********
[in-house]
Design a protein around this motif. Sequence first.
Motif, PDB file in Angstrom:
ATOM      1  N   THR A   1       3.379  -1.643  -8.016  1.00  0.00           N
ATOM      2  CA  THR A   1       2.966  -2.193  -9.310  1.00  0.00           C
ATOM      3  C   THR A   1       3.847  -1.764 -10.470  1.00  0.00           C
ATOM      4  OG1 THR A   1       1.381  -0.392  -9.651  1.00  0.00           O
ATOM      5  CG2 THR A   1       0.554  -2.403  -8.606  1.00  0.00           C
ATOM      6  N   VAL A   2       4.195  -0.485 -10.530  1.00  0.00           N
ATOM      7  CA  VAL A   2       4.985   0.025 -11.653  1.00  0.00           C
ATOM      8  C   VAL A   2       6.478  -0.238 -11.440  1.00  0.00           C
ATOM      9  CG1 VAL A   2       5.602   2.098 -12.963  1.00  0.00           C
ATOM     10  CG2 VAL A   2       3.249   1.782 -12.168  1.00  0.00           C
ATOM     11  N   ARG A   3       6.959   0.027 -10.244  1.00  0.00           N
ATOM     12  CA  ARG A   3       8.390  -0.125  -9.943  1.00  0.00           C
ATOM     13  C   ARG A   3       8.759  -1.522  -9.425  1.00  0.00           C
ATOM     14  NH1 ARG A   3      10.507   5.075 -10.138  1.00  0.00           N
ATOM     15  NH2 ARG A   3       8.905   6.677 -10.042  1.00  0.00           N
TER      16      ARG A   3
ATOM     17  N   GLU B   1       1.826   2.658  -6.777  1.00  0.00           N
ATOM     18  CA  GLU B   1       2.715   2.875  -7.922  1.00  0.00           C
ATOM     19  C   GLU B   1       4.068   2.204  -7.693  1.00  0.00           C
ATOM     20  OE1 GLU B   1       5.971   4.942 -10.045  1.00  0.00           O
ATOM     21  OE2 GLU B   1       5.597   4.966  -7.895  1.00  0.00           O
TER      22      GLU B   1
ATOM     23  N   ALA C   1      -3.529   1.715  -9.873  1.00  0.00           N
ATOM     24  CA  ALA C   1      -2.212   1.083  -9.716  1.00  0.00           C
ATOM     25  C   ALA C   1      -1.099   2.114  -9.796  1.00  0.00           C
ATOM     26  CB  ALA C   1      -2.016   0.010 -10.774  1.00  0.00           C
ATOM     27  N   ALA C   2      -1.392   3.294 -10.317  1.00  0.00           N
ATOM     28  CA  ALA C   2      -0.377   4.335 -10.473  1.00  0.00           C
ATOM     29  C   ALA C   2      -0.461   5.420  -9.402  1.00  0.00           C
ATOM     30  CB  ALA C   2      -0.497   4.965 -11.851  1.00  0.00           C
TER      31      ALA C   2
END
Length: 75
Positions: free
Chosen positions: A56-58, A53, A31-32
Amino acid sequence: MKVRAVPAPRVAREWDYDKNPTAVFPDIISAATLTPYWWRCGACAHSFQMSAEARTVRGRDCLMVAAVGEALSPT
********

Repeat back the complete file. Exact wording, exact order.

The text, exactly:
[in-house]
Design a protein around this motif. Sequence first.
Motif, PDB file in Angstrom:
ATOM      1  N   THR A   1       3.379  -1.643  -8.016  1.00  0.00           N
ATOM      2  CA  THR A   1       2.966  -2.193  -9.310  1.00  0.00           C
ATOM      3  C   THR A   1       3.847  -1.764 -10.470  1.00  0.00           C
ATOM      4  OG1 THR A   1       1.381  -0.392  -9.651  1.00  0.00           O
ATOM      5  CG2 THR A   1       0.554  -2.403  -8.606  1.00  0.00           C
ATOM      6  N   VAL A   2       4.195  -0.485 -10.530  1.00  0.00           N
ATOM      7  CA  VAL A   2       4.985   0.025 -11.653  1.00  0.00           C
ATOM      8  C   VAL A   2       6.478  -0.238 -11.440  1.00  0.00           C
ATOM      9  CG1 VAL A   2       5.602   2.098 -12.963  1.00  0.00           C
ATOM     10  CG2 VAL A   2       3.249   1.782 -12.168  1.00  0.00           C
ATOM     11  N   ARG A   3       6.959   0.027 -10.244  1.00  0.00           N
ATOM     12  CA  ARG A   3       8.390  -0.125  -9.943  1.00  0.00           C
ATOM     13  C   ARG A   3       8.759  -1.522  -9.425  1.00  0.00           C
ATOM     14  NH1 ARG A   3      10.507   5.075 -10.138  1.00  0.00           N
ATOM     15  NH2 ARG A   3       8.905   6.677 -10.042  1.00  0.00           N
TER      16      ARG A   3
ATOM     17  N   GLU B   1       1.826   2.658  -6.777  1.00  0.00           N
ATOM     18  CA  GLU B   1       2.715   2.875  -7.922  1.00  0.00           C
ATOM     19  C   GLU B   1       4.068   2.204  -7.693  1.00  0.00           C
ATOM     20  OE1 GLU B   1       5.971   4.942 -10.045  1.00  0.00           O
ATOM     21  OE2 GLU B   1       5.597   4.966  -7.895  1.00  0.00           O
TER      22      GLU B   1
ATOM     23  N   ALA C   1      -3.529   1.715  -9.873  1.00  0.00           N
ATOM     24  CA  ALA C   1      -2.212   1.083  -9.716  1.00  0.00           C
ATOM     25  C   ALA C   1      -1.099   2.114  -9.796  1.00  0.00           C
ATOM     26  CB  ALA C   1      -2.016   0.010 -10.774  1.00  0.00           C
ATOM     27  N   ALA C   2      -1.392   3.294 -10.317  1.00  0.00           N
ATOM     28  CA  ALA C   2      -0.377   4.335 -10.473  1.00  0.00           C
ATOM     29  C   ALA C   2      -0.461   5.420  -9.402  1.00  0.00           C
ATOM     30  CB  ALA C   2      -0.497   4.965 -11.851  1.00  0.00           C
TER      31      ALA C   2
END
Length: 75
Positions: free
Chosen positions: A56-58, A53, A31-32
Amino acid sequence: MKVRAVPAPRVAREWDYDKNPTAVFPDIISAATLTPYWWRCGACAHSFQMSAEARTVRGRDCLMVAAVGEALSPT